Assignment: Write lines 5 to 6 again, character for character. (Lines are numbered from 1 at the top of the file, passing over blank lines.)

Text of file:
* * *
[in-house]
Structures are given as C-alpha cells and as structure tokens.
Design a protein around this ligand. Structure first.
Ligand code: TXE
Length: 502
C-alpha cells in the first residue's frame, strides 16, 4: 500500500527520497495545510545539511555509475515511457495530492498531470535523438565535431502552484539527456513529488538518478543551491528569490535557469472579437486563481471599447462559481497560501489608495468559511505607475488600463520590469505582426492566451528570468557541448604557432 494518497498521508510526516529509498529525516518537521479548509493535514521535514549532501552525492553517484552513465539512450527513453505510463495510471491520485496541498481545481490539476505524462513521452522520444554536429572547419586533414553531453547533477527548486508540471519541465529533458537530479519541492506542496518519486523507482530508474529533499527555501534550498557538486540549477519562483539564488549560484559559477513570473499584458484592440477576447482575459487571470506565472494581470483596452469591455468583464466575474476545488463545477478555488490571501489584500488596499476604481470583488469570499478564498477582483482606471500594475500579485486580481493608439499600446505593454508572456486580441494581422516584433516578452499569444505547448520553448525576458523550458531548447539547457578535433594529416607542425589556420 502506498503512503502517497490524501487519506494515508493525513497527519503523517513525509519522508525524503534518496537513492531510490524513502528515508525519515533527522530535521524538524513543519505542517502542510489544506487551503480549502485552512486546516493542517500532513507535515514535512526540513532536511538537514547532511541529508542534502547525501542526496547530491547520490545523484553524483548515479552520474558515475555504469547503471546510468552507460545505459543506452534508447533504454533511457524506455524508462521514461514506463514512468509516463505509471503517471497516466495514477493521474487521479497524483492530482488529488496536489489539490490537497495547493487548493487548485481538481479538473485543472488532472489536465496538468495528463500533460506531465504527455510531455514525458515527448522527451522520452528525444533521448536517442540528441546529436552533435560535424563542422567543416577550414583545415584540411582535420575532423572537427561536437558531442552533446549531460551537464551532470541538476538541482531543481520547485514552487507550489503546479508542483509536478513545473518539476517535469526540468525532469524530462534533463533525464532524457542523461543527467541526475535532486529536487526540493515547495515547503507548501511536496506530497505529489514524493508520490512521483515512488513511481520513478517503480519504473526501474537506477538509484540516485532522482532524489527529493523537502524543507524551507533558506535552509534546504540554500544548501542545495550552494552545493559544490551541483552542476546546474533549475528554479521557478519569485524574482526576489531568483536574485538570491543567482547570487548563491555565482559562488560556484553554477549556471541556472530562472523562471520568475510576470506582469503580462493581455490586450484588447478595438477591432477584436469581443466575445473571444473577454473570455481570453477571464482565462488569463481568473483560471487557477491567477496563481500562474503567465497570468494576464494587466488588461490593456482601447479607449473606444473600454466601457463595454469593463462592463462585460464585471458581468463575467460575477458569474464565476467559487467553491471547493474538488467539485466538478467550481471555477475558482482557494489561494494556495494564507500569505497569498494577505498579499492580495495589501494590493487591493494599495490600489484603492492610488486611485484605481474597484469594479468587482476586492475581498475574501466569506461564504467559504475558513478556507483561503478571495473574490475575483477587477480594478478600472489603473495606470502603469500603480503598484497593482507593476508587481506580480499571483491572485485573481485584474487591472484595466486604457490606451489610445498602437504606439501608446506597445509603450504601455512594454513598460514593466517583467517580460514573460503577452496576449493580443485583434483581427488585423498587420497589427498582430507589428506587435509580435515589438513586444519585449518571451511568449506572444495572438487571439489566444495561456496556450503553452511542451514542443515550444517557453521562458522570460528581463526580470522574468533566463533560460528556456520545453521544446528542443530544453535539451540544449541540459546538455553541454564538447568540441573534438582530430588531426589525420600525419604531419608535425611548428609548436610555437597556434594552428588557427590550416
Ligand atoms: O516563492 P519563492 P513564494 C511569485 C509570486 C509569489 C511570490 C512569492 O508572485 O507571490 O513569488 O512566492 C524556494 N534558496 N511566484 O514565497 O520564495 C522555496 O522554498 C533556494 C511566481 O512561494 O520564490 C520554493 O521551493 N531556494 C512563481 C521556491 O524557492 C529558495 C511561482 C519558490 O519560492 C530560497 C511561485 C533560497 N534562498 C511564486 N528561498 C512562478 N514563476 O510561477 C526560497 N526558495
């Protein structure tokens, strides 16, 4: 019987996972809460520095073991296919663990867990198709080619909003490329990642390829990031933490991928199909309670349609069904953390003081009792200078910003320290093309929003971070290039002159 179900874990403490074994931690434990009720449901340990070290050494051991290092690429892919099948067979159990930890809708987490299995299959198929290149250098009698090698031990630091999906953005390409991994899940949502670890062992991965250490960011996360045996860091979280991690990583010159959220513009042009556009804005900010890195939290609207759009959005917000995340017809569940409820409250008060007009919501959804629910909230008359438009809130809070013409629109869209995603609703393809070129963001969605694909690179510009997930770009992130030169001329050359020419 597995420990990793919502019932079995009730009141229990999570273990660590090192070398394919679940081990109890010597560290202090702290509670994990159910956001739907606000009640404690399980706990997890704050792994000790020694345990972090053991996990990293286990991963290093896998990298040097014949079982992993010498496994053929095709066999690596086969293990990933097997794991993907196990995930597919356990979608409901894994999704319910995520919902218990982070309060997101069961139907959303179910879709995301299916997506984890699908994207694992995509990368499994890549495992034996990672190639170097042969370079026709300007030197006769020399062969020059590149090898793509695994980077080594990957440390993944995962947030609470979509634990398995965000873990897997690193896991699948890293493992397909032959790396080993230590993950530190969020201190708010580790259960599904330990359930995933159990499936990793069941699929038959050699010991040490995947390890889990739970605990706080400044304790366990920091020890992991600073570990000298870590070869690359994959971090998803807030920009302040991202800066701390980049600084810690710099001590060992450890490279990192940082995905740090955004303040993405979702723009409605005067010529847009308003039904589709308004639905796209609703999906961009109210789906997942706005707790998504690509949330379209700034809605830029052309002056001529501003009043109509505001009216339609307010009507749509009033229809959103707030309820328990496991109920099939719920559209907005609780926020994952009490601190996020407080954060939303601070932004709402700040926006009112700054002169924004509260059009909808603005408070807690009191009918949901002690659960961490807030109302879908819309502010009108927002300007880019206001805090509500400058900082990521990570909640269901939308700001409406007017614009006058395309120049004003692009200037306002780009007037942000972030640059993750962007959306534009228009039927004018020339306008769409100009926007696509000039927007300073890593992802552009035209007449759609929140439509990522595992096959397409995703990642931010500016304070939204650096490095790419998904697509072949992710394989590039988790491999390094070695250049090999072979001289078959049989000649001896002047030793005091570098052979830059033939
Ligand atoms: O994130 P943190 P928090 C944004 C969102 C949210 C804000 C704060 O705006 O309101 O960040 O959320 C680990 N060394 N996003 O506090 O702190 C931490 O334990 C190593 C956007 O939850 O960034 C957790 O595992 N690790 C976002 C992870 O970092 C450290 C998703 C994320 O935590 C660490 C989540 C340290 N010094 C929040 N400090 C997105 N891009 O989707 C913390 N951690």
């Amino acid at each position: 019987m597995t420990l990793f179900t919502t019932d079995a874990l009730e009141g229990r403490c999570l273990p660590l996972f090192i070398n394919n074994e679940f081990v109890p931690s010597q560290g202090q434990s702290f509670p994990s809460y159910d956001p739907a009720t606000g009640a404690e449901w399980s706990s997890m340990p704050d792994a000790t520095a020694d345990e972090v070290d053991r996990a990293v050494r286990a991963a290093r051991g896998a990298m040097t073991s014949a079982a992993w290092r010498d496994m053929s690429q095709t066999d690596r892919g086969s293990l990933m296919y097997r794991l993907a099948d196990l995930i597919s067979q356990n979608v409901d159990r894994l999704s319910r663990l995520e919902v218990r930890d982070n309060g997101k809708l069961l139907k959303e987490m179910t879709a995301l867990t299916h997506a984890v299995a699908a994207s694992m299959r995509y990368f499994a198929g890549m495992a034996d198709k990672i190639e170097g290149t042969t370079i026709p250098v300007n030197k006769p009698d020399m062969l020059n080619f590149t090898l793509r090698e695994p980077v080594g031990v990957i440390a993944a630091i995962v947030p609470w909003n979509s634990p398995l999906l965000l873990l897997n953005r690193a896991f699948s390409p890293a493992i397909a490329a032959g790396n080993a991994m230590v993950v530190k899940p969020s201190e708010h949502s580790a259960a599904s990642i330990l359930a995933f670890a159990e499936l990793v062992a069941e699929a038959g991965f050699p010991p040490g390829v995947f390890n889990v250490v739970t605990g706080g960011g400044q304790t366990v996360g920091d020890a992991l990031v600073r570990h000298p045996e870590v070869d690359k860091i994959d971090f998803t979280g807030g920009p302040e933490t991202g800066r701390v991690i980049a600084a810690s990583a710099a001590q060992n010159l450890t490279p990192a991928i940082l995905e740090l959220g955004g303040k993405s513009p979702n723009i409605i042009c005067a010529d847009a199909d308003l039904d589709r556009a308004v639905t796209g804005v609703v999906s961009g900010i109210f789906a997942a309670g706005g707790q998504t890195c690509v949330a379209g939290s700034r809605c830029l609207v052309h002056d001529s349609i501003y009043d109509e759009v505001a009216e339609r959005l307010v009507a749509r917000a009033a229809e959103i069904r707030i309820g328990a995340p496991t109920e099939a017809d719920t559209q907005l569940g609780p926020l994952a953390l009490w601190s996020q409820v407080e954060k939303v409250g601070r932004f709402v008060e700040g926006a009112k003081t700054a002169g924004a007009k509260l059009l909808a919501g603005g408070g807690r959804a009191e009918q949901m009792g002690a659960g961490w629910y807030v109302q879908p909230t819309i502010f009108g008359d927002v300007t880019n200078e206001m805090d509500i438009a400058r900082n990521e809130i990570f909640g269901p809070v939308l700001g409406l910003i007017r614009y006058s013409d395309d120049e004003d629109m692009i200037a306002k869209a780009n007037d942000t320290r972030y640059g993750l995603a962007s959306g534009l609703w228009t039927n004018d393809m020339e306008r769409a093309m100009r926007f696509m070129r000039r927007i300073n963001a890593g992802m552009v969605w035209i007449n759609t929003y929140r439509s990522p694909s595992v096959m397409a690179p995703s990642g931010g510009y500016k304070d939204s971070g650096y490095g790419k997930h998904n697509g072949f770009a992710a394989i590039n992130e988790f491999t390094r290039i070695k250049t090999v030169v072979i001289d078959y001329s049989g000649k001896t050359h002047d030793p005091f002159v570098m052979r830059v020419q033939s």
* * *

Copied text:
Length: 502
C-alpha cells in the first residue's frame, strides 16, 4: 500500500527520497495545510545539511555509475515511457495530492498531470535523438565535431502552484539527456513529488538518478543551491528569490535557469472579437486563481471599447462559481497560501489608495468559511505607475488600463520590469505582426492566451528570468557541448604557432 494518497498521508510526516529509498529525516518537521479548509493535514521535514549532501552525492553517484552513465539512450527513453505510463495510471491520485496541498481545481490539476505524462513521452522520444554536429572547419586533414553531453547533477527548486508540471519541465529533458537530479519541492506542496518519486523507482530508474529533499527555501534550498557538486540549477519562483539564488549560484559559477513570473499584458484592440477576447482575459487571470506565472494581470483596452469591455468583464466575474476545488463545477478555488490571501489584500488596499476604481470583488469570499478564498477582483482606471500594475500579485486580481493608439499600446505593454508572456486580441494581422516584433516578452499569444505547448520553448525576458523550458531548447539547457578535433594529416607542425589556420 502506498503512503502517497490524501487519506494515508493525513497527519503523517513525509519522508525524503534518496537513492531510490524513502528515508525519515533527522530535521524538524513543519505542517502542510489544506487551503480549502485552512486546516493542517500532513507535515514535512526540513532536511538537514547532511541529508542534502547525501542526496547530491547520490545523484553524483548515479552520474558515475555504469547503471546510468552507460545505459543506452534508447533504454533511457524506455524508462521514461514506463514512468509516463505509471503517471497516466495514477493521474487521479497524483492530482488529488496536489489539490490537497495547493487548493487548485481538481479538473485543472488532472489536465496538468495528463500533460506531465504527455510531455514525458515527448522527451522520452528525444533521448536517442540528441546529436552533435560535424563542422567543416577550414583545415584540411582535420575532423572537427561536437558531442552533446549531460551537464551532470541538476538541482531543481520547485514552487507550489503546479508542483509536478513545473518539476517535469526540468525532469524530462534533463533525464532524457542523461543527467541526475535532486529536487526540493515547495515547503507548501511536496506530497505529489514524493508520490512521483515512488513511481520513478517503480519504473526501474537506477538509484540516485532522482532524489527529493523537502524543507524551507533558506535552509534546504540554500544548501542545495550552494552545493559544490551541483552542476546546474533549475528554479521557478519569485524574482526576489531568483536574485538570491543567482547570487548563491555565482559562488560556484553554477549556471541556472530562472523562471520568475510576470506582469503580462493581455490586450484588447478595438477591432477584436469581443466575445473571444473577454473570455481570453477571464482565462488569463481568473483560471487557477491567477496563481500562474503567465497570468494576464494587466488588461490593456482601447479607449473606444473600454466601457463595454469593463462592463462585460464585471458581468463575467460575477458569474464565476467559487467553491471547493474538488467539485466538478467550481471555477475558482482557494489561494494556495494564507500569505497569498494577505498579499492580495495589501494590493487591493494599495490600489484603492492610488486611485484605481474597484469594479468587482476586492475581498475574501466569506461564504467559504475558513478556507483561503478571495473574490475575483477587477480594478478600472489603473495606470502603469500603480503598484497593482507593476508587481506580480499571483491572485485573481485584474487591472484595466486604457490606451489610445498602437504606439501608446506597445509603450504601455512594454513598460514593466517583467517580460514573460503577452496576449493580443485583434483581427488585423498587420497589427498582430507589428506587435509580435515589438513586444519585449518571451511568449506572444495572438487571439489566444495561456496556450503553452511542451514542443515550444517557453521562458522570460528581463526580470522574468533566463533560460528556456520545453521544446528542443530544453535539451540544449541540459546538455553541454564538447568540441573534438582530430588531426589525420600525419604531419608535425611548428609548436610555437597556434594552428588557427590550416